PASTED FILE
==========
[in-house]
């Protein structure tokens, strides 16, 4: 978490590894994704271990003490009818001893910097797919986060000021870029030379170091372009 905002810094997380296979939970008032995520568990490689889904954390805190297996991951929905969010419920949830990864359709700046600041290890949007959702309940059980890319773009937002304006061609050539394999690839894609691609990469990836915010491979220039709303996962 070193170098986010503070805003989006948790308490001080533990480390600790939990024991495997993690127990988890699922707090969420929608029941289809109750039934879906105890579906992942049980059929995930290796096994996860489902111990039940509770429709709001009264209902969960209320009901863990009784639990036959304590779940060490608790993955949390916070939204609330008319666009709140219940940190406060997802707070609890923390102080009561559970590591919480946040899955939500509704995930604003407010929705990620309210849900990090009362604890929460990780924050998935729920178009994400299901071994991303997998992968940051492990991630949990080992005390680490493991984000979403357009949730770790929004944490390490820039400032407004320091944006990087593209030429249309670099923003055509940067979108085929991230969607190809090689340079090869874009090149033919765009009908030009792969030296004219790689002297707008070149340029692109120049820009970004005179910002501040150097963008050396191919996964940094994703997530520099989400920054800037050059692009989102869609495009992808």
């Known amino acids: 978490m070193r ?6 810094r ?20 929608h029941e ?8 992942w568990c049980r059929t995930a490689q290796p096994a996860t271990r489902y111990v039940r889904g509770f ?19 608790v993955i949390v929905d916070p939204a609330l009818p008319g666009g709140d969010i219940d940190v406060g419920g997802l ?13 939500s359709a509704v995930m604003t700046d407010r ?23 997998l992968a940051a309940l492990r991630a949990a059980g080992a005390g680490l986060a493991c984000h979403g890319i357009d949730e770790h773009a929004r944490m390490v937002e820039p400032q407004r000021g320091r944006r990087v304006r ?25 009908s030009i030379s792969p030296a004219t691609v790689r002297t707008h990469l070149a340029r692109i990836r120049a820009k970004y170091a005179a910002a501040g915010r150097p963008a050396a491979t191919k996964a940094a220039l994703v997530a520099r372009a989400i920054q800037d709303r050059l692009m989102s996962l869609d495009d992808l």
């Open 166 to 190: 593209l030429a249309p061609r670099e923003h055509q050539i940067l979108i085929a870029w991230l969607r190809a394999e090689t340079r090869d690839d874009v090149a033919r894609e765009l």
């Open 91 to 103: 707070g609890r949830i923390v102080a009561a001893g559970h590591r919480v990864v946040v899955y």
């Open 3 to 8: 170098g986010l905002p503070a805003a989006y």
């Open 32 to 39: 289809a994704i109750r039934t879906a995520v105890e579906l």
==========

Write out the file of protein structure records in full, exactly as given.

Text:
[in-house]
């Protein structure tokens, strides 16, 4: 978490590894994704271990003490009818001893910097797919986060000021870029030379170091372009 905002810094997380296979939970008032995520568990490689889904954390805190297996991951929905969010419920949830990864359709700046600041290890949007959702309940059980890319773009937002304006061609050539394999690839894609691609990469990836915010491979220039709303996962 070193170098986010503070805003989006948790308490001080533990480390600790939990024991495997993690127990988890699922707090969420929608029941289809109750039934879906105890579906992942049980059929995930290796096994996860489902111990039940509770429709709001009264209902969960209320009901863990009784639990036959304590779940060490608790993955949390916070939204609330008319666009709140219940940190406060997802707070609890923390102080009561559970590591919480946040899955939500509704995930604003407010929705990620309210849900990090009362604890929460990780924050998935729920178009994400299901071994991303997998992968940051492990991630949990080992005390680490493991984000979403357009949730770790929004944490390490820039400032407004320091944006990087593209030429249309670099923003055509940067979108085929991230969607190809090689340079090869874009090149033919765009009908030009792969030296004219790689002297707008070149340029692109120049820009970004005179910002501040150097963008050396191919996964940094994703997530520099989400920054800037050059692009989102869609495009992808």
């Known amino acids: 978490m070193r ?6 810094r ?20 929608h029941e ?8 992942w568990c049980r059929t995930a490689q290796p096994a996860t271990r489902y111990v039940r889904g509770f ?19 608790v993955i949390v929905d916070p939204a609330l009818p008319g666009g709140d969010i219940d940190v406060g419920g997802l ?13 939500s359709a509704v995930m604003t700046d407010r ?23 997998l992968a940051a309940l492990r991630a949990a059980g080992a005390g680490l986060a493991c984000h979403g890319i357009d949730e770790h773009a929004r944490m390490v937002e820039p400032q407004r000021g320091r944006r990087v304006r ?25 009908s030009i030379s792969p030296a004219t691609v790689r002297t707008h990469l070149a340029r692109i990836r120049a820009k970004y170091a005179a910002a501040g915010r150097p963008a050396a491979t191919k996964a940094a220039l994703v997530a520099r372009a989400i920054q800037d709303r050059l692009m989102s996962l869609d495009d992808l």
């Open 166 to 190: 593209l030429a249309p061609r670099e923003h055509q050539i940067l979108i085929a870029w991230l969607r190809a394999e090689t340079r090869d690839d874009v090149a033919r894609e765009l």
């Open 91 to 103: 707070g609890r949830i923390v102080a009561a001893g559970h590591r919480v990864v946040v899955y």
């Open 3 to 8: 170098g986010l905002p503070a805003a989006y």
């Open 32 to 39: 289809a994704i109750r039934t879906a995520v105890e579906l």